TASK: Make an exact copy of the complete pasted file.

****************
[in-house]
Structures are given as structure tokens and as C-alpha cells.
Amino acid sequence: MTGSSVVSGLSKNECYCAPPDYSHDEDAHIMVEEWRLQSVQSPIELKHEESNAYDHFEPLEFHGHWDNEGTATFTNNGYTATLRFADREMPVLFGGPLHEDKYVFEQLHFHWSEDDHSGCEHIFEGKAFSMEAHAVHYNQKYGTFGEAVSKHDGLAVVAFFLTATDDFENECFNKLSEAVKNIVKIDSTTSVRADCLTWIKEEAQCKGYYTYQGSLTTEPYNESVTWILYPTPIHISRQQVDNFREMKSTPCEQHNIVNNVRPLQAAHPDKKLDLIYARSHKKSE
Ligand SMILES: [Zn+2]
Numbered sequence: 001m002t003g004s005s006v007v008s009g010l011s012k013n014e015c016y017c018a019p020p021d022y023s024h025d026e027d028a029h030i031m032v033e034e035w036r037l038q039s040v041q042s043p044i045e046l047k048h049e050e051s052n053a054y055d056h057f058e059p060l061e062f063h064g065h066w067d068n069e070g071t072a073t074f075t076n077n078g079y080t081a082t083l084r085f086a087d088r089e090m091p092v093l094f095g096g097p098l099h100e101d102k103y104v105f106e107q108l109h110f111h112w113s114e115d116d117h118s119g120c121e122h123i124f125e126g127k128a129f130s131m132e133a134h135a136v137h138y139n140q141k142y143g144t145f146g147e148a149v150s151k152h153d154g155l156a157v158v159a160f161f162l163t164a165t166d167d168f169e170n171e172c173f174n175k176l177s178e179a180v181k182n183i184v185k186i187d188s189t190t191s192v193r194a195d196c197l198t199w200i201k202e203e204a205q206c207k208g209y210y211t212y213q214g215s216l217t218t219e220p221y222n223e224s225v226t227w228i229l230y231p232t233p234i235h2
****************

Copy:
[in-house]
Structures are given as structure tokens and as C-alpha cells.
Amino acid sequence: MTGSSVVSGLSKNECYCAPPDYSHDEDAHIMVEEWRLQSVQSPIELKHEESNAYDHFEPLEFHGHWDNEGTATFTNNGYTATLRFADREMPVLFGGPLHEDKYVFEQLHFHWSEDDHSGCEHIFEGKAFSMEAHAVHYNQKYGTFGEAVSKHDGLAVVAFFLTATDDFENECFNKLSEAVKNIVKIDSTTSVRADCLTWIKEEAQCKGYYTYQGSLTTEPYNESVTWILYPTPIHISRQQVDNFREMKSTPCEQHNIVNNVRPLQAAHPDKKLDLIYARSHKKSE
Ligand SMILES: [Zn+2]
Numbered sequence: 001m002t003g004s005s006v007v008s009g010l011s012k013n014e015c016y017c018a019p020p021d022y023s024h025d026e027d028a029h030i031m032v033e034e035w036r037l038q039s040v041q042s043p044i045e046l047k048h049e050e051s052n053a054y055d056h057f058e059p060l061e062f063h064g065h066w067d068n069e070g071t072a073t074f075t076n077n078g079y080t081a082t083l084r085f086a087d088r089e090m091p092v093l094f095g096g097p098l099h100e101d102k103y104v105f106e107q108l109h110f111h112w113s114e115d116d117h118s119g120c121e122h123i124f125e126g127k128a129f130s131m132e133a134h135a136v137h138y139n140q141k142y143g144t145f146g147e148a149v150s151k152h153d154g155l156a157v158v159a160f161f162l163t164a165t166d167d168f169e170n171e172c173f174n175k176l177s178e179a180v181k182n183i184v185k186i187d188s189t190t191s192v193r194a195d196c197l198t199w200i201k202e203e204a205q206c207k208g209y210y211t212y213q214g215s216l217t218t219e220p221y222n223e224s225v226t227w228i229l230y231p232t233p234i235h2